Environmental tobacco smoke and the epidemic of asthma in children: the role of cigarette use.

Ann Allergy Asthma Immunol. 2007 May;98(5):447-54.
Goodwin RD.
Department of Epidemiology, Mailman School of Public Health, Columbia University, New York, New York 10032, USA.

BACKGROUND: Asthma is the most common chronic disease affecting youth worldwide. The prevalence of asthma has increased at least 3-fold during the past several decades. The reason for this increase remains unknown. Objective: To examine one possible factor that may be affecting the increase in prevalence of asthma among youth.

METHODS: Data on the incidence of asthma among youth were aggregated using the National Health Interview Survey (sample of 4,500 children) and were compared on an ecologic level with data on cigarette consumption in the United States from 1900 to 2003 from the American Lung Association.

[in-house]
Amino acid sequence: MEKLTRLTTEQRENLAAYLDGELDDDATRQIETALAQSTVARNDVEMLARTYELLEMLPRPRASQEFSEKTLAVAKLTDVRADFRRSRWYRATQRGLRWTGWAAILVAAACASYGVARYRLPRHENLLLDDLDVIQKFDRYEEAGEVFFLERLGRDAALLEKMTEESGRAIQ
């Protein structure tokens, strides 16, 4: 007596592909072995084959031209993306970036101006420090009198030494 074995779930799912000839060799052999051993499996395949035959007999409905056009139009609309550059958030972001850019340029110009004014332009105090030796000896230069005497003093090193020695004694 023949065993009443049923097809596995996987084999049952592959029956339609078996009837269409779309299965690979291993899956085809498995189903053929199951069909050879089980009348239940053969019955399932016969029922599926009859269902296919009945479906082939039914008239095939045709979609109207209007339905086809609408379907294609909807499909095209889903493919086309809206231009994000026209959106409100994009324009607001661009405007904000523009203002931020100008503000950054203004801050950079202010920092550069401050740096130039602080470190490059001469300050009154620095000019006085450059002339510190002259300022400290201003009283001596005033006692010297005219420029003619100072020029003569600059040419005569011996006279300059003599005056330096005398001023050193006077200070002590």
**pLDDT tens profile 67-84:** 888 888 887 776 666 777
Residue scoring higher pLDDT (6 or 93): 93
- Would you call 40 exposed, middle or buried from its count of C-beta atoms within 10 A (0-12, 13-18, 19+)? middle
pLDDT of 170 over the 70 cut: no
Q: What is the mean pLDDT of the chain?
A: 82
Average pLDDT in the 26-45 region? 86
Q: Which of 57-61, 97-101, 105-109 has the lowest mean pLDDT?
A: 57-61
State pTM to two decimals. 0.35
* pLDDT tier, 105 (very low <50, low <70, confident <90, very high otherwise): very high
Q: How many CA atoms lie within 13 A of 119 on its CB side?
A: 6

RESULTS: Our results suggest a parallel increase in the rates of cigarette use among adults and asthma in children. These findings show an increase in cigarette use during the past 4 birth cohorts, with subsequent leveling off at a population level with a progressively more prominent increase in cigarette use among women in the United States.

CONCLUSION: We present one possible factor that may be contributing to the epidemic of childhood asthma. We hypothesize that (1) there has been a marked increase in smoking during the past century, (2) this increase in smoking has resulted in a substantial increase in exposure to environmental tobacco smoke among children, and (3) increased exposure to environmental tobacco smoke has contributed to the increase in childhood asthma. Data on trends in cigarette use among adults and asthma prevalence among children during the past century are presented as ecological evidence in support of this hypothesis. Future studies will be needed to confirm these findings with community-level analyses in a variety of geographic regions.




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